Foreign Policy Blogs

Teaching Terrorists to Play the Harmonica

harmonicaEarlier this week, the Supreme Court heard arguments for the Holder versus Humanitarian Law Project case.  You can read the arguments here.  The case concerns Ralph Fertig, who wants to help the PKK use non-violent means to achieve its objectives.  However, since the U.S. dubs the PKK a terrorist organization, Fertig finds that his endeavor is illegal.

“Under the definition of this statute,” said Justice Sotomayor, “teaching these members to play the harmonica would be unlawful.”  To which Justice Scalia responded, “Well, Hamid Hatah and his harmonica quartet might tour the country and make a lot of money. Right?”  And therein lies the core debate.  Under current U.S. law there is no legal way to aid terrorist organizations, even if the aid is intended to convince the terrorist organizations to not be terrorist organizations anymore, because what if that aid somehow winds up helping them continue to be terrorist organizations?  As General Elena Kagan argued to the Supreme Court, “Hezbollah builds bombs. Hezbollah also builds homes. What Congress decided was when you help Hezbollah build homes, you are also helping Hezbollah build bombs.”  Here’s another exchange between Kagan and Justice Kennedy that traverses the same turf:

JUSTICE KENNEDY: But Justice Ginsburg’s question is can you advocate peaceful means — and let’s assume that if they embrace peaceful means, they get more interest in their organization, the organization becomes stronger for all purposes. Can you do that, that was Justice Ginsburg’s question.

GENERAL KAGAN: Can you say to an organization, look, you guys really should lay down your arms.

JUSTICE KENNEDY: And here’s how to do it.  And here’s how to go to the U.N., and here’s how to apply for aid and here’s how to file an amicus brief.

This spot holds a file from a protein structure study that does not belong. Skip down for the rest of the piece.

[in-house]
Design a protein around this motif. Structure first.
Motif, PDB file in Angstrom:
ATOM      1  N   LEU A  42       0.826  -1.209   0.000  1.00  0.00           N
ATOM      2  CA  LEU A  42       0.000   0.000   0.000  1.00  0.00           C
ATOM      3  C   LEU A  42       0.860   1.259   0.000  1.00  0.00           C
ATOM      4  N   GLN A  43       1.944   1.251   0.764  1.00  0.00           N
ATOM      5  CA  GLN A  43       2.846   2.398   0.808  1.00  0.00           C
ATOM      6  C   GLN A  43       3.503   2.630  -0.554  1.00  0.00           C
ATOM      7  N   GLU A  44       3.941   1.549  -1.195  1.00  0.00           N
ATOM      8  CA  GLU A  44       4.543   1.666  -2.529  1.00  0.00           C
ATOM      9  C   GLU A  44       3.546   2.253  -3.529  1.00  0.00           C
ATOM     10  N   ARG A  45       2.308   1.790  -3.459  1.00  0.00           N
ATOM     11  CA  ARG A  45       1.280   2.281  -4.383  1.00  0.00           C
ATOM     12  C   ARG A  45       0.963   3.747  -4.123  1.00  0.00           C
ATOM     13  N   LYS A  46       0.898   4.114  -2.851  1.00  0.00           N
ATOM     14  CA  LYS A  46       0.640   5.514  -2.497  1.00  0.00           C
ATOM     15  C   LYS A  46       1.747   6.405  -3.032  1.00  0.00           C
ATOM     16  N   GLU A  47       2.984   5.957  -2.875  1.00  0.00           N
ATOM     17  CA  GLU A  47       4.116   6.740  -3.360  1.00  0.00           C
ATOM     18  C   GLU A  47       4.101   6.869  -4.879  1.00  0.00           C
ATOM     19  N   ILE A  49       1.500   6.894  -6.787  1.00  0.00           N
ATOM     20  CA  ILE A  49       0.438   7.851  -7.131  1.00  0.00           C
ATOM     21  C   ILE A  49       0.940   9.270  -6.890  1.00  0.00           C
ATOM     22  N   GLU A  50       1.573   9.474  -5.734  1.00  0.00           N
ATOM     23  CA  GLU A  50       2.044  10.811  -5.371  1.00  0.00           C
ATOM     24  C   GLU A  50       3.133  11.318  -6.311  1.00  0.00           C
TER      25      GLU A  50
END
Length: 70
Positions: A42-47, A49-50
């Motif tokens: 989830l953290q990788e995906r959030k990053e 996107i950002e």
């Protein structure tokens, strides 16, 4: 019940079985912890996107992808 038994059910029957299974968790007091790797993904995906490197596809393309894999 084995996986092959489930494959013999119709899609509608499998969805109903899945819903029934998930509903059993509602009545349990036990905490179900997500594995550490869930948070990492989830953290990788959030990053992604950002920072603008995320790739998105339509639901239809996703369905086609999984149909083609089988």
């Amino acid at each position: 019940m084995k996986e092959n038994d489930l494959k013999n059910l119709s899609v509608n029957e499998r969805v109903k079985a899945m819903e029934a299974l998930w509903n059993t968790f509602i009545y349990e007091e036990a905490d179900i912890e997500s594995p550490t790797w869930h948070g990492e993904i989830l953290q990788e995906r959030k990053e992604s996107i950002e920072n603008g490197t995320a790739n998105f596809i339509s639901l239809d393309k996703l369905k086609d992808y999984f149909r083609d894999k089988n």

GENERAL KAGAN: Well, now you can’t.  Because when you tell people, here’s how to apply for aid and here’s how to represent yourself within international organizations or within the U.S. Congress, you’ve given them an extremely valuable skill that they can use for all kinds of purposes, legal or illegal.

Kimberly Curtis of the FPA Human Rights blog argued thoughtfully against Kagan’s view earlier this week:

If it is the methods of terrorism that we are so against, than efforts to get terrorist organizations to disarm and pursue their agendas politically should be encouraged. If the pen is to be mightier than the sword, then we must preserve a place for people to talk. Failing to do so only isolates terrorist organizations and encourages the violent acts we abhor, and in that situation, no one stands to win. But with the ability to communicate, consult, and advocate for other means, it is possible that who we now deem as terrorist organizations can find peaceful ways to achieve what they currently seek with violence.

It would be interesting if we thought about things that could reduce terrorism and then actually did those things.  Instead, current U.S. law prevents facilitating the transformation of terrorist organizations to non-terrorist organizations.  A terrorist organization must first cease terrorist activities and then be removed from the list by the State Department in order to receive aid of the type Fertig hopes to provide.  The policy is conceptually similar to international sanctions, and it will probably prove to be just as effective.